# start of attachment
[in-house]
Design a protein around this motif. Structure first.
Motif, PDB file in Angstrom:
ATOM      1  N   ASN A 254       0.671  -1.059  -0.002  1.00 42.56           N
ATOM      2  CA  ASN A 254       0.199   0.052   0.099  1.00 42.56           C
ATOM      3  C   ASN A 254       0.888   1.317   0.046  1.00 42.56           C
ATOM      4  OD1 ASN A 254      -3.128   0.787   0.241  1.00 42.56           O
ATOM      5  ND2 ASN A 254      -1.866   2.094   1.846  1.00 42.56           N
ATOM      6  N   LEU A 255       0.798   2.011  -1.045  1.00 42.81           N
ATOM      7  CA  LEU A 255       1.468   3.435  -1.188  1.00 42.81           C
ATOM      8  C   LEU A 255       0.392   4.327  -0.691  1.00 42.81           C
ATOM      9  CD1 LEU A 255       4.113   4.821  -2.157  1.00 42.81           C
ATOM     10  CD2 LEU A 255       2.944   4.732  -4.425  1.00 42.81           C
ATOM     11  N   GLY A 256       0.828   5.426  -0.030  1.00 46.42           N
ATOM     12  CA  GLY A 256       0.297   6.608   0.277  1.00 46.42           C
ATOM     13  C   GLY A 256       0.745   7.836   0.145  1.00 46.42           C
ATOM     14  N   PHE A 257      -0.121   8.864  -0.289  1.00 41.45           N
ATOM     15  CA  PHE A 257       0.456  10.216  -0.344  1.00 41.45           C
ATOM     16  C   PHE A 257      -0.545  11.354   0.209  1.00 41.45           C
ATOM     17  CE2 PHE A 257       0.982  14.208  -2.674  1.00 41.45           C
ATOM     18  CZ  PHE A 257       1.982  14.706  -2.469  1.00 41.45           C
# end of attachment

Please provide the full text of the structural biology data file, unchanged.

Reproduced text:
[in-house]
Design a protein around this motif. Structure first.
Motif, PDB file in Angstrom:
ATOM      1  N   ASN A 254       0.671  -1.059  -0.002  1.00 42.56           N
ATOM      2  CA  ASN A 254       0.199   0.052   0.099  1.00 42.56           C
ATOM      3  C   ASN A 254       0.888   1.317   0.046  1.00 42.56           C
ATOM      4  OD1 ASN A 254      -3.128   0.787   0.241  1.00 42.56           O
ATOM      5  ND2 ASN A 254      -1.866   2.094   1.846  1.00 42.56           N
ATOM      6  N   LEU A 255       0.798   2.011  -1.045  1.00 42.81           N
ATOM      7  CA  LEU A 255       1.468   3.435  -1.188  1.00 42.81           C
ATOM      8  C   LEU A 255       0.392   4.327  -0.691  1.00 42.81           C
ATOM      9  CD1 LEU A 255       4.113   4.821  -2.157  1.00 42.81           C
ATOM     10  CD2 LEU A 255       2.944   4.732  -4.425  1.00 42.81           C
ATOM     11  N   GLY A 256       0.828   5.426  -0.030  1.00 46.42           N
ATOM     12  CA  GLY A 256       0.297   6.608   0.277  1.00 46.42           C
ATOM     13  C   GLY A 256       0.745   7.836   0.145  1.00 46.42           C
ATOM     14  N   PHE A 257      -0.121   8.864  -0.289  1.00 41.45           N
ATOM     15  CA  PHE A 257       0.456  10.216  -0.344  1.00 41.45           C
ATOM     16  C   PHE A 257      -0.545  11.354   0.209  1.00 41.45           C
ATOM     17  CE2 PHE A 257       0.982  14.208  -2.674  1.00 41.45           C
ATOM     18  CZ  PHE A 257       1.982  14.706  -2.469  1.00 41.45           C